... in a nautical way: "Land ahoy! land ahoy! oh, heave out and walk afoot," jest as these nautical terms would be passin' through our alarmed foretops, the boat would turn its prow slowly but graceful, round to a port-the-helm, or starboard ditto, and we would glide out through a narrow way onbeknown to us, onto a long, glassy road layin' ...
— Samantha at Coney Island - and a Thousand Other Islands • Marietta Holley

... therefore, were extensive. The characteristick quality of his poem is sublimity. He sometimes descends to the elegant, but his element is the great. He can occasionally invest himself with grace; but his natural port is gigantick loftiness[60]. He can please, when pleasure is required; but it is his ...
— Lives of the Poets, Vol. 1 • Samuel Johnson

... chances of the meeting of the Congress seemed to be diminishing, the approach of war between Russia and Great Britain more unmistakable. Lord Beaconsfield called out the Reserves and summoned troops from India; even the project of seizing a port in Asia Minor in case the Sultan should fall under Russian influence was discussed in the Cabinet. Unable to reconcile himself to these vigorous measures, Lord Derby, who had long been at variance with the Premier, now finally withdrew from the ...
— History of Modern Europe 1792-1878 • C. A. Fyffe

... for Marie Antoinette, her great supporter, Madame de Pompadour, died before the Archduchess came to France. The pilot who was to steer the young mariner safe into port was no more, when she arrived at it. The Austrian interest had sunk with its patroness. The intriguers of the Court no sooner saw the King without an avowed favourite than they sought to give him one who should further their own views and crush the Choiseul party, which had ...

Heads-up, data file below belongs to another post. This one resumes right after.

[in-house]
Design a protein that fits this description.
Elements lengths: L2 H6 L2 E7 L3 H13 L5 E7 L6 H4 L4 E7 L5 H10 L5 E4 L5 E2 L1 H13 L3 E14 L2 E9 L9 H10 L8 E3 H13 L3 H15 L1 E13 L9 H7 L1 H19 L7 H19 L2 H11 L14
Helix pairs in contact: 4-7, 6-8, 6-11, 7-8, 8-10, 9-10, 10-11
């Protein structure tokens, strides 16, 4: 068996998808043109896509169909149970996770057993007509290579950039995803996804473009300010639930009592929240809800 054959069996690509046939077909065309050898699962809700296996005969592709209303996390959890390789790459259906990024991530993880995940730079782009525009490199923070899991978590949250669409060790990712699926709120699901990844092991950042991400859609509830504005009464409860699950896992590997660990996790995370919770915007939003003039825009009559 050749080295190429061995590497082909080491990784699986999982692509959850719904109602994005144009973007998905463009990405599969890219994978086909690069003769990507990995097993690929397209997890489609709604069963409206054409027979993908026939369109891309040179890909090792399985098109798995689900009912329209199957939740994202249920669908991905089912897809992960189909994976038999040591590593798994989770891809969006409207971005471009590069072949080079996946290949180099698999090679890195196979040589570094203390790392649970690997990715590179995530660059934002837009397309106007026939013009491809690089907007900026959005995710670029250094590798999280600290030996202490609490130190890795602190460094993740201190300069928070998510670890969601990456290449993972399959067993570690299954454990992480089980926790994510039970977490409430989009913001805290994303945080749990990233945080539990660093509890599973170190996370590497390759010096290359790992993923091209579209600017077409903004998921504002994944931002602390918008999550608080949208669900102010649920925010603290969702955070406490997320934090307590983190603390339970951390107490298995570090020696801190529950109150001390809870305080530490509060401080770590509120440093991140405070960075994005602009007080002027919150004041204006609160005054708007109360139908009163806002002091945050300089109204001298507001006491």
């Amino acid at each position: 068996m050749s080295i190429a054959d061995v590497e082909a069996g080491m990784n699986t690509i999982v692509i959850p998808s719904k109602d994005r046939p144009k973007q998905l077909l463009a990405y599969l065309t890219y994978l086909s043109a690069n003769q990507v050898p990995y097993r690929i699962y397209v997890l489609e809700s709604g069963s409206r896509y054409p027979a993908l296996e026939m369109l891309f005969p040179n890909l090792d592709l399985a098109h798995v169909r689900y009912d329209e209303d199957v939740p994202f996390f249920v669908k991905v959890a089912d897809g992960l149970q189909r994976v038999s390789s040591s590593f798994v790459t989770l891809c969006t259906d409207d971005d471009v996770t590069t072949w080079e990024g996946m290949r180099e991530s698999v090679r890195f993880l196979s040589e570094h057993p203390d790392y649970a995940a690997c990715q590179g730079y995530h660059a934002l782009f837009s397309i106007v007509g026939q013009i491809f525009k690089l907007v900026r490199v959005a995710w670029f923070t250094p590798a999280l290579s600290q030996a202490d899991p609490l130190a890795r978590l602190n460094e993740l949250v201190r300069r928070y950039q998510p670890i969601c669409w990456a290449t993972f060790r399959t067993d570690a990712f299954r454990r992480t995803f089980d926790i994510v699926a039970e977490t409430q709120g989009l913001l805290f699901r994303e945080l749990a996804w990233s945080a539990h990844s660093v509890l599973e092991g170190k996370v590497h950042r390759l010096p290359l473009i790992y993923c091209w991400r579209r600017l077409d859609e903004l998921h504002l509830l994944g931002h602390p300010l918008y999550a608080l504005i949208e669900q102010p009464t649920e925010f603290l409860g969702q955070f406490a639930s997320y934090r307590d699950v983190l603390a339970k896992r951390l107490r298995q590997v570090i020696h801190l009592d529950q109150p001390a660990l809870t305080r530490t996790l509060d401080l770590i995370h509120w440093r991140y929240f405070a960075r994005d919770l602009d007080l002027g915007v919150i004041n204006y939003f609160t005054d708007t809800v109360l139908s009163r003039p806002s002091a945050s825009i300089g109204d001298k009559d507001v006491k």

— The Secret Memoirs of Louis XV./XVI, Complete • Madame du Hausset, an "Unknown English Girl" and the Princess Lamballe

... After a long debate, it was concluded that all our lead and iron was to be restored, and I was to receive 18,000 dollars in full for satisfaction, to be paid in fifteen days. Whereupon a peace was concluded between us and them, from the port of Mokha to Cananore, conditioning that the pacha gave me a writing under his hand and seal, confirming this peace between his nation and ours for the time specified. The 2d July we received the last payment, the sabander Shermall coming himself. On this occasion I cleared ...
— A General History and Collection of Voyages and Travels, Vol. VIII. • Robert Kerr

... somewhat ragged remnant of a very questionable kind of gentility—a gentility engendered in 'coal-holes' and 'cider-cellars,' in 'shades,' and such-like midnight 'kens'—suckled with brandy and water and port-wine negus, and fed with deviled kidneys and toasted cheese. He has run to the end of his tether, is cleaned out even to the last disposable shred of his once well-stocked wardrobe; and after fifty ...
— Chambers's Edinburgh Journal, No. 437 - Volume 17, New Series, May 15, 1852 • Various

... second decade of the last century Monday Port had passed the height of prosperity as one of the principal depots for the West Indian trade. The shipping was rapidly being transferred to New York and Boston, and the old families of the Port, having made their fortunes, in rum and tobacco as often as not, were either moving ...
— The Inn at the Red Oak • Latta Griswold

... potatoes,) the peculiar plants of the American soil. The natives of these regions he thought were born to be taxed."[21] He favored the Stamp Act, the Coercion Bill,—quartering soldiers upon us, sending Americans beyond seas for trial,—the Boston Port Bill, and all the measures against the colonies. "To say that we have a right to tax America and never exercise that right, is ridiculous, and a man must abuse his understanding very much not to allow of that right;" ...